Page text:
All of my bike miles were easy base miles as I continue towards my goal of trimming the extra fat I gained during hibernation.  For running my long run was 55 minutes but I also did 1 interval session of 4x4 minutes hard with 2 minute recovery after each.  I did not push terribly hard being my first week back but I was running the 4 minute periods at 5:45/mile pace and it did not feel too difficult.  I also ran 2x1.5 mile tempo runs on Thursday and I averaged 6:05/mile and 5:55/mile respectively on each.  Neither felt difficult.  I'm in the process of planning a race schedule but I'm pretty confident the big race I will try to peak for will be Ironman Chattanooga on September 28th.  This is a first time event and one I will be looking forward to.  The late September race works out well for me.  I should be able to do all my swimming in the lake here before the temperatures are too cold to swim open water in Iowa.  I came up about 12 days short for my October 26th race this past year.  I will execute a BIG training block from 8 weeks out until 10 days before the race.  I will not race during that time but will focus all my energy on being as fit as I've ever been on September 28th. 
I have decided I will not begin swimming this year until April.  As my kids get older and life gets busier I have to find ways to make this continue to work and one thing I have learned is that I can get in pretty good swim shape in about 4 weeks if I swim consistently.  I also found that by swimming open water for nearly all my swims last year leading up to Beach 2 Battleship I was able to swim my best ever. 

I am proud to race again in 2014 for the iHope Foundation that provides technology and support for low-income students that display outstanding character and work traits.  The iHope Foundation received such incredible support in the first year we were able to endow a scholarship that will go to each student that receives an iPad.  Because the scholarship is in an endowment any contributions made by Iowa donors will earn them a 25% tax credit.  Recently when I was at Amerifile I was pleased to find out that I earned an extra $1,300.00 on my Iowa tax return just because of the contributions I made from my race winnings last year.  The contribution to the scholarship fund is also still a federal tax deduction.  To contribute to the iHope scholarship fund click here.  If you would like to contribute to the technology portion of iHope click here.  Thanks for making a difference to children in need.  In March I will be trying to line up local businesses that would like to support me this year by making a contribution to iHope.  I'm hoping to add some more iHope business supporters' logos to my 2014 race jersey.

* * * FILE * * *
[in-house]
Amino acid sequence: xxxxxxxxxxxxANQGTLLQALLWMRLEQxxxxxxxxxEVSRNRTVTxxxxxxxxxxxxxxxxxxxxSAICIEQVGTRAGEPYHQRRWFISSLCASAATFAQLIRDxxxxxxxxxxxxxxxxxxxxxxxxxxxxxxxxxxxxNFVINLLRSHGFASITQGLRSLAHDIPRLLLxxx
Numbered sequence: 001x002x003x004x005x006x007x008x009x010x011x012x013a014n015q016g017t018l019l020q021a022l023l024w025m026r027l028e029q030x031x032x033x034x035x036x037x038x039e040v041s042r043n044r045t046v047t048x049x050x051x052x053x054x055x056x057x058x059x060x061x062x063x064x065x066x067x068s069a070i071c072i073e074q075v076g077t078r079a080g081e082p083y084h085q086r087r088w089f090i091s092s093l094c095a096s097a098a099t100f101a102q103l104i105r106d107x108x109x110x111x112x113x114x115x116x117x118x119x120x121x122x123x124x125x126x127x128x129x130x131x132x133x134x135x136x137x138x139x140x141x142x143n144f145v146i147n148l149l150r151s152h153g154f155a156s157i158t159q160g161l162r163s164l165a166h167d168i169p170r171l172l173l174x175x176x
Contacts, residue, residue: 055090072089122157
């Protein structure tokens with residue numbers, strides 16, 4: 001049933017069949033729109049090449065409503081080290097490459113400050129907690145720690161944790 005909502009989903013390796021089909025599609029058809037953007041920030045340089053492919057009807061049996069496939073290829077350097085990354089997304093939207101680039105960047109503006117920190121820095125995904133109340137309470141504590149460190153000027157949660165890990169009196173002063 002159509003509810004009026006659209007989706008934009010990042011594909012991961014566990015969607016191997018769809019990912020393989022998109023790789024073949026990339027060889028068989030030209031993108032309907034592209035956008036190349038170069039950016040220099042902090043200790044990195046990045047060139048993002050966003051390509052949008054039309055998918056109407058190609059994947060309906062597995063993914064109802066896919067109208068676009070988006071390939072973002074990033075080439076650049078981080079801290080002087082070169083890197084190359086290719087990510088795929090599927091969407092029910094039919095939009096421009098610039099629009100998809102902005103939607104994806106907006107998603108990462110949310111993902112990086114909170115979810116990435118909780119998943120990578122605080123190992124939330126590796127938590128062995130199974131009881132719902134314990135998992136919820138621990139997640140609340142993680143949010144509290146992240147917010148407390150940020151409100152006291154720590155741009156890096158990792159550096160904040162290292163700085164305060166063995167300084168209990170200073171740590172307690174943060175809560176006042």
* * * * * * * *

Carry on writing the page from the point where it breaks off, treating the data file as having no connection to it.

I'm thrilled to have a lot of support for the 2014 journey.  I have been blessed to have support local bike shop Healthy Habits and from local ART provider Kaminski Pain and Performance Care.  I will do all my strength training at Barre563.  I'm also blessed to have support from international companies like GU Energy to keep me fueled through all these workouts and races, Xterra Wetsuits so I can swim new PR's in the Vendetta Sleeveless, and Zipp Speed Weaponry so the wheels under my Specialized Shiv are as fast as anything on a bike.  If you are in the market for a new wetsuit you can use Xterra discount code SA-Jeffp to save 60% off products like the Vector Pro or Vortex.  If you have questions about sleeveless vs. full suit I'd be happy to help.  If you are just embarking on a new fitness journey in 2014 have patience.  With continuous commitment you will see progress you are hoping for.  It may not happen quickly and there will certainly be difficult days but through hard work, commitment to a goal, and BIG DREAMS you will make it happen.  Thanks for the continual support and following this journey.  It's hard for me to believe this will be my 6th year of high level commitment to this sport.  DREAM BIG!

Tuesday, January 7, 2014

Offseason Update

It has been 10 weeks of offseason since my last race at Beach 2 Battleship.  I enjoyed the extra time spent at home, time coaching, and eating whatever I wanted.  The effects of 10 weeks without working out and eating mostly junk equaled 31 lbs. gained.  I weighed in at 152 lbs. prior to my race at Beach 2 Battleship.  Last week I got on the scale and saw 183.  This made me realize it is time to get going.  I won't be working out on a disciplined schedule until basketball is over in a 4 more weeks but I have begun climbing back on the bike and attending classes at Barre563 which have kicked my butt.  I have been super sore from those classes working muscles that haven't been used in 10 weeks.